The animals were shot in January in two places: in a green-screen studio at Amazing Animals in the Cotswolds, where they got in most of the species needed, and in South Africa for those they couldn’t – the ostrich and hyena. Luckily there were no scary moments – although the biggest cast member, a lion, was the first on set on the first day.
"After that, we felt we could do anything," Garton confides. "One thing I knew we had to get right was making the animals look real and like they were actually in the House of Commons. The whole thing was hugely labour-intensive. But we were very specific about limiting the footage and angles we would need when shooting, so we could streamline post-production," he continues.
"What was especially gratifying was when Jason Isaacs did the voiceover and, despite being a Hollywood actor and familiar with CGI from his work on Harry Potter, he said: ‘How silly of me – I thought they were really there, but of course it’s CGI.’"
"Always hear a script when you first consider it – shut your eyes, imagine it in your head. Because TV makes anything possible. So, if you love the script you're already halfway there"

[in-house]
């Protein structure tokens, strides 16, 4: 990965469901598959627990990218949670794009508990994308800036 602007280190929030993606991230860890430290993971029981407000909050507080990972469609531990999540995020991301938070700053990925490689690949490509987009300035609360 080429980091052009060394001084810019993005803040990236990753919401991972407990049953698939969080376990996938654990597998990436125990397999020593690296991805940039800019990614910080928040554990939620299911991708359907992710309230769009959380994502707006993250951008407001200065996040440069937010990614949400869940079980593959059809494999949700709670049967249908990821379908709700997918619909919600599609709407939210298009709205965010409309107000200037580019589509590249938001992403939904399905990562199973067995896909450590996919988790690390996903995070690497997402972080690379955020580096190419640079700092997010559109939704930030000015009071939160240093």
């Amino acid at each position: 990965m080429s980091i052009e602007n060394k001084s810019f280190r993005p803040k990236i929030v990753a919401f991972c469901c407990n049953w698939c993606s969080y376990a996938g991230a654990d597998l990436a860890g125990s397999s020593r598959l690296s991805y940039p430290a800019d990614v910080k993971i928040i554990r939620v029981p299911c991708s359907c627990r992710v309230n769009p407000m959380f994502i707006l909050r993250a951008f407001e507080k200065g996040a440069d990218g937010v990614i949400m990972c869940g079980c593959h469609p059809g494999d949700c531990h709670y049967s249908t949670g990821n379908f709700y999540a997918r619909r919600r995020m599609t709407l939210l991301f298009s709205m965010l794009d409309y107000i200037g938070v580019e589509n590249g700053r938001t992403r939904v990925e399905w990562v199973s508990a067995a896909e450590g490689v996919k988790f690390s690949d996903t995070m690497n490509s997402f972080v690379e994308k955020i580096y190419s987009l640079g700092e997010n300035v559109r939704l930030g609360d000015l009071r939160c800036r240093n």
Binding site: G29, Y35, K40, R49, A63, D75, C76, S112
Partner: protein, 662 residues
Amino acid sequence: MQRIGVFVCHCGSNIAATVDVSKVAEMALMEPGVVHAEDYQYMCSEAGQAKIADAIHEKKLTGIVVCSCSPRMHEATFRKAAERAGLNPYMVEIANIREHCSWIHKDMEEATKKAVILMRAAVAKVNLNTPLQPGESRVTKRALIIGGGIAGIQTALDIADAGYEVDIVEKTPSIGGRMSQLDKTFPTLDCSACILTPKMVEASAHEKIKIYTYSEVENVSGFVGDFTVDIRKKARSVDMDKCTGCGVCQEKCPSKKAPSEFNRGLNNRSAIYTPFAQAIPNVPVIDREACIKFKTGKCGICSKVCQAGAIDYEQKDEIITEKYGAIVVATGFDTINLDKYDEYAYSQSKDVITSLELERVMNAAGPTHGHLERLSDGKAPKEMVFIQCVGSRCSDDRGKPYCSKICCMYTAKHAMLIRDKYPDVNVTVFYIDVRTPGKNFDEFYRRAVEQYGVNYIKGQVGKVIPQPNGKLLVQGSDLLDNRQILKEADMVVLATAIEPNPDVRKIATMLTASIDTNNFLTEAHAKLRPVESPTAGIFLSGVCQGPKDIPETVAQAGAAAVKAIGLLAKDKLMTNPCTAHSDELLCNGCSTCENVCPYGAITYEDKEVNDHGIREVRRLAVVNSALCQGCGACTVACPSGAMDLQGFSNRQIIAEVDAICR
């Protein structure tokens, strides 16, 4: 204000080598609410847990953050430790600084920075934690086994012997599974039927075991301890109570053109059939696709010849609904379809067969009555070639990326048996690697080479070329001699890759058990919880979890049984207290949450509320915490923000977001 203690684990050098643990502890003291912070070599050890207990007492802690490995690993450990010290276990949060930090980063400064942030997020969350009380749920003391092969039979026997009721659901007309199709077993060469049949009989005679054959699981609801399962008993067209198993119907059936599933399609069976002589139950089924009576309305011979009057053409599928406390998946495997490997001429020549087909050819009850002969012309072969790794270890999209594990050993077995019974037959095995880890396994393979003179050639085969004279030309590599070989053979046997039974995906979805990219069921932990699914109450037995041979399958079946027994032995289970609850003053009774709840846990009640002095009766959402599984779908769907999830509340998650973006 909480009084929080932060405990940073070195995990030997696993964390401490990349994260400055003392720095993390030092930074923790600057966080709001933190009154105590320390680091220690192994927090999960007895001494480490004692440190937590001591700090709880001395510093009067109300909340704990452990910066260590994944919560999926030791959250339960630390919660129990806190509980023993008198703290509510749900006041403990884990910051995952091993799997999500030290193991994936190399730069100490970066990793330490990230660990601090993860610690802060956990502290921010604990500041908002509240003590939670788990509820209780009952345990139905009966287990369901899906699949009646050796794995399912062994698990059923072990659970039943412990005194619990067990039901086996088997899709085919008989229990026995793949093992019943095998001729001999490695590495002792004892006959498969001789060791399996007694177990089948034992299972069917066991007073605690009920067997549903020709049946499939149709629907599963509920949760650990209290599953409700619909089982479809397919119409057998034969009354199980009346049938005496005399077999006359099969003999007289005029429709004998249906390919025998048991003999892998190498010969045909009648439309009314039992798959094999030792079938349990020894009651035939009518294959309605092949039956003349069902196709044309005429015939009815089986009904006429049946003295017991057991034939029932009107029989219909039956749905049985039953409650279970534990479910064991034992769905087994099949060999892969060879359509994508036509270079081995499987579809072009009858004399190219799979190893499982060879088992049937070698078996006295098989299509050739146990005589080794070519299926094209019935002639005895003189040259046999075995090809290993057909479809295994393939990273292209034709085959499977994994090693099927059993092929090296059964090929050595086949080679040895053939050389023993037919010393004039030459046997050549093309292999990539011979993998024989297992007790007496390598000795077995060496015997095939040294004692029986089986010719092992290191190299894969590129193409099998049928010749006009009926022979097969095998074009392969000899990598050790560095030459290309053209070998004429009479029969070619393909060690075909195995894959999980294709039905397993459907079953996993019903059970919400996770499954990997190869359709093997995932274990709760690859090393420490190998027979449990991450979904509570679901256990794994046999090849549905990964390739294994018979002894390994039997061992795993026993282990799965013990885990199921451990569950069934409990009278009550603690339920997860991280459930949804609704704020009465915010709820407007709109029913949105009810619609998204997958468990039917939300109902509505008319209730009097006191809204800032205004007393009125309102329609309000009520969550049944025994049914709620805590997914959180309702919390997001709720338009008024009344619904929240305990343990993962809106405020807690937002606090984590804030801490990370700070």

Catherine Newman, chief marketing officer, TNL
All concerned are thrilled with the result. "I bloody love it! Even if no one else had liked it I’d consider it a career highlight," Newman says. "The monkey at the end, when the lion and unicorn walk in, is great. And the lion and unicorn are on our crest, which means it is also a visualisation of how, as a brand, we bring order – it’s not every day you get such a striking opportunity to do that."
She adds: "Commercially, it exceeded its targets halfway through the campaign. It’s been brilliantly received, from the proprietor down. And it’s achieved the best response we’ve ever had."
"If an ad can work as a single visual, that's an indication your idea is clear from the start – and adaptable, too, to different time lengths or even across different media"
Robin Garton, executive creative director, Pulse Creative London
THINKBOXES AWARD WINNER JANUARY/FEBRUARY
Creative agency Pulse Creative London
Executive creative director Robin Garton
Creatives Paul Alderman, Andy Peel Client Catherine Newman, chief marketing officer, TNL; Jodie Jenkins, director of consumer sales and marketing; Lynne Fraser, head of brand and campaigns
Production company Framestore Pictures
Director William Bartlett
Strategists Oliver Egan, Andrew Nicholls Business director Sarah Wood
Editor Eve Ashwell Offline The Assembly Rooms
Also shortlisted this month...
Mother ‘Tonight is to sleep’ (IKEA)
Abbott Mead Vickers BBDO 'The purse’ (Guinness)
Adam & Eve/DDB ‘Payback’ (ITV & Veg Power)
MullenLowe ‘Speech bubbles’ (Truth Project)
The Thinkboxes, in association with Campaign, are the only regular awards that celebrate the UK’s world-beating TV ad creativity throughout the year. They’re judged by the Thinkbox Academy – 200 advertising and marketing luminaries who have been involved in award-winning creative work for TV.